Tammy L. Gray is another new-to-me author, and I’m thrilled to say that the first book I’ve read by her was a success. Five stars for this romantic story with a deeper message of faith, loss, and reconciliation.
January Sanders grew up believing karma was more reliable than an imaginary higher power, but after suffering her worst heartbreak in 29 years, she’s open to just about anything, including taking a temporary position at her aunt’s church. Keeping her lack of faith a secret, January is determined to use her photographic memory to help Grace Community’s overworked staff, all while scraping herself off rock bottom.
What she doesn’t count on is meeting the church’s handsome and charming guitarist, who not only is a strong believer, but has also dedicated his life to Christian music. It’s a match set for disaster, and yet January has no ability to stay away, even if it means pretending to have faith in a God she doesn’t believe in.
Only this time, keeping secrets isn’t as easy as she thought it would be. Especially when she’s constantly running into her aunt’s landscape architect, who seems to know everything about her past and present sins and makes no apologies about pushing her to deal with feelings she’d rather keep buried.
Torn between two worlds incapable of coexisting, can January find the healing that’s eluded her or will her resistance to the truth ruin any chance of happiness?
Love and a Little White Lie is a touching story of lost and found. When 29-year-old January “Jan” Sanders travels across the country to follow a man who ends up breaking her heart, she finds herself unable to return home. Instead, she is taken in by her Aunt Doreen who encourages her to fill a part-time position at the local mega church, something that doesn’t quite make sense to Jan, a self-proclaimed Agnostic.
But what do you do when you’re mending a broken heart and still need money in your bank account? You lie. Or at least, Jan lies. At first, it was a lie by omission as Pastor Thomas never did ask her if she was a Christian, but soon, after meeting the cute worship guitarist, Cam, she actually speaks a lie, one that allows him to continue to think she is who she’s not.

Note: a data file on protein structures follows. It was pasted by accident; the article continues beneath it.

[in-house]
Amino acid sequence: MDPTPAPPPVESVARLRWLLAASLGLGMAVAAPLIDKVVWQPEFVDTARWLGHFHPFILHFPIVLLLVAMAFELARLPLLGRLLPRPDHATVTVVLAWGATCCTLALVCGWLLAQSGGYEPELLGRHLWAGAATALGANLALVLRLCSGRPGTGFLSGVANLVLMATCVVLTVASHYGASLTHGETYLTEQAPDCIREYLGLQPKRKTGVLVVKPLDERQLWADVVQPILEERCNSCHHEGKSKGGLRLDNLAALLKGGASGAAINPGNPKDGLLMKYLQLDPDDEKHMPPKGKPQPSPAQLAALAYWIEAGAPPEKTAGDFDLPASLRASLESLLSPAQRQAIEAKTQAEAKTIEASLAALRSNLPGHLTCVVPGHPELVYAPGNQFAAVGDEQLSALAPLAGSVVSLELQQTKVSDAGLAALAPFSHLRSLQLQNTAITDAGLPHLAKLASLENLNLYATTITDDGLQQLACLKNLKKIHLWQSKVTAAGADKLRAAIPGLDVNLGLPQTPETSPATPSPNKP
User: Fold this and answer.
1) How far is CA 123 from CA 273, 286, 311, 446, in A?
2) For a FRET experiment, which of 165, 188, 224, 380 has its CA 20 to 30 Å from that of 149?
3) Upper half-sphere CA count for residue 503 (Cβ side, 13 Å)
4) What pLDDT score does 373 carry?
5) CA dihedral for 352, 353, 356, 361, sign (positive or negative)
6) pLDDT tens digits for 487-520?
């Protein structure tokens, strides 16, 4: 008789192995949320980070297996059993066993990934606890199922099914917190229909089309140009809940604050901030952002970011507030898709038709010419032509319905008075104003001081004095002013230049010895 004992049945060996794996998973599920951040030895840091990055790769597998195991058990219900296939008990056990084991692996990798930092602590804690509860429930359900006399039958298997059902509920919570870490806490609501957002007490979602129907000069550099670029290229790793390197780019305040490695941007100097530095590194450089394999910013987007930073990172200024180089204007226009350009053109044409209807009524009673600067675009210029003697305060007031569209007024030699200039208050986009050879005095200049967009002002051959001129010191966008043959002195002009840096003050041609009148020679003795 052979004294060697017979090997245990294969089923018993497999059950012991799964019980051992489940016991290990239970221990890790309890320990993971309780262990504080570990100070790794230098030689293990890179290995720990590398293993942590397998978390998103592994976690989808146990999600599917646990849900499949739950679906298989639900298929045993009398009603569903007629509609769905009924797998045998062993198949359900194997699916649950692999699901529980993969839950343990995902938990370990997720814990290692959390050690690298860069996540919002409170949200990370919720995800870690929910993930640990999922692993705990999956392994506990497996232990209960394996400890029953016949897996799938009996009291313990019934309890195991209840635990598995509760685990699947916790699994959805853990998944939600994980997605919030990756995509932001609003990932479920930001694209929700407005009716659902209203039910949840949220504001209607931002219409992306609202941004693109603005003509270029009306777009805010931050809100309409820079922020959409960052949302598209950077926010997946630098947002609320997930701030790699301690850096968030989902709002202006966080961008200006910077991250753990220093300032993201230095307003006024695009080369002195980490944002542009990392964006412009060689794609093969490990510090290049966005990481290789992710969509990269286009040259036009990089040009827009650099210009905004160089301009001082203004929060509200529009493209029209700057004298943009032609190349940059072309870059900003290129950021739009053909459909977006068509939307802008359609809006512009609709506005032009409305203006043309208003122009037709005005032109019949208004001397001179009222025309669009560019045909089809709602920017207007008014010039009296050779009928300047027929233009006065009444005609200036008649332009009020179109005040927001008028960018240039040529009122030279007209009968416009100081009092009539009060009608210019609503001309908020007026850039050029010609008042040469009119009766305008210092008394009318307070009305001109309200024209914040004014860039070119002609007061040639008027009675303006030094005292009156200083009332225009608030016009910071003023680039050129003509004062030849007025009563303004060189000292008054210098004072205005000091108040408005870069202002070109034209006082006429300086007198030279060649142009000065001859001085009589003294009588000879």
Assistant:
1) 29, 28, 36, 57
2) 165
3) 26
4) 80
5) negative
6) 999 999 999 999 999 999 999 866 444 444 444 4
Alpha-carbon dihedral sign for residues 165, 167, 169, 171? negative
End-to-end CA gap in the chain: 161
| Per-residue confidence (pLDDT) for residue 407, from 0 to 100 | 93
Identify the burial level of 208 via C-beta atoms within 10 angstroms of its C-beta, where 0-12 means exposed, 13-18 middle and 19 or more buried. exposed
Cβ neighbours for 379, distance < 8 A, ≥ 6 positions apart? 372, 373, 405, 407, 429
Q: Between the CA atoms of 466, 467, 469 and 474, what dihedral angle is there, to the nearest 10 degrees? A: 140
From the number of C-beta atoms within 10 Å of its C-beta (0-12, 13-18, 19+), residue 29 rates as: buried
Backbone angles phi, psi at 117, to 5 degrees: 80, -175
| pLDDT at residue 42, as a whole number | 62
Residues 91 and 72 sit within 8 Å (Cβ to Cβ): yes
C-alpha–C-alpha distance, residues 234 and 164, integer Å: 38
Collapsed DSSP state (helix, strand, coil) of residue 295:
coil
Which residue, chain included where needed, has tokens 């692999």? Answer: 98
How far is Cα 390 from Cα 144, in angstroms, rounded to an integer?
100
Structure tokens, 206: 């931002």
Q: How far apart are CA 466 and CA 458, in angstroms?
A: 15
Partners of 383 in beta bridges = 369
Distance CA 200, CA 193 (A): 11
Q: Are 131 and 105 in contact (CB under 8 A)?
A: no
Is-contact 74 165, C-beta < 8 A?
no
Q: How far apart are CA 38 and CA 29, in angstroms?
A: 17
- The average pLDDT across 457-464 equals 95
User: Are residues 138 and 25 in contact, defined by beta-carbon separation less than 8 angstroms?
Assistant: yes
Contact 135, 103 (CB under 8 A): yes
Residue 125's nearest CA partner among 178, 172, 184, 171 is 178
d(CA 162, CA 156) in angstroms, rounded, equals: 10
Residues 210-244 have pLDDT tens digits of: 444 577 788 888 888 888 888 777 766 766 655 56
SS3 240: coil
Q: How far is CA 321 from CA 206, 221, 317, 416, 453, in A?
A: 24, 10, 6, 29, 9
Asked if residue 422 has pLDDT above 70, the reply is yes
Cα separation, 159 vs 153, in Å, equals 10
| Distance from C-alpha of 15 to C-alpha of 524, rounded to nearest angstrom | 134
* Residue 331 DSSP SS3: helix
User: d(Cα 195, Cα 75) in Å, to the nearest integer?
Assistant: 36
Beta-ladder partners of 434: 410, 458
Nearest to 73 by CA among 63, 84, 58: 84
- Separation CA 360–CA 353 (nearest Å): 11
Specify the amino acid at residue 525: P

Of course, as all good authors do, Tammy L. Gray adds in an unlikely character who knows the truth about her and challenges her with it. Dylan, a landscape architect who spends most of his time taking care of Aunt Doreen’s property, is a man who has been nursing his own wounds from a marriage gone bad. Yet, despite this, he tends to show up in front of Jan when she needs him…and when she doesn’t.
I enjoyed reading this novel and watching as Jan wrestled to keep her identity hidden while at the same time feeling guilty for doing so, especially when she falls for a devoted Christian like Cam. But it wasn’t only this aspect that I liked. I loved watching how Jan interacted with the characters at Grace Community Church, at her aunt’s property, and at the nursing home Jan shows up at to read to Mrs. Cox, the mother of a parishioner. Jan acts selflessly as she steps out of her comfort zone to help people she never knew, people who have what she doesn’t: faith in God.
One thing that bothered me a little was how Cam handled himself when he and Jan started dating. Though it didn’t get far, it got a little too physical for someone who was “a good boy.” However, I will give the author credit for showing that even someone sheltered like Cam was, he has his failings, too.
Love and a Little White Lie was a quick read…er…listen (it was an Audible purchase), and I was hooked from the very beginning. Because it was an audiobook, I will say that the reader was perfect for the job. Well, almost perfect. I would have loved a different voice for Dylan’s character, but still, the charm was there, and it didn’t take away from the five-star rating I feel this book deserves.
As always, there are so many layers in this story, and as always, I can only tell you to Go. Read. If you love contemporary romances filled with a God-inspired message, stories of loss, of finding yourself, and even the added bonus of reconciliation, this story is one you’ll want to pick up.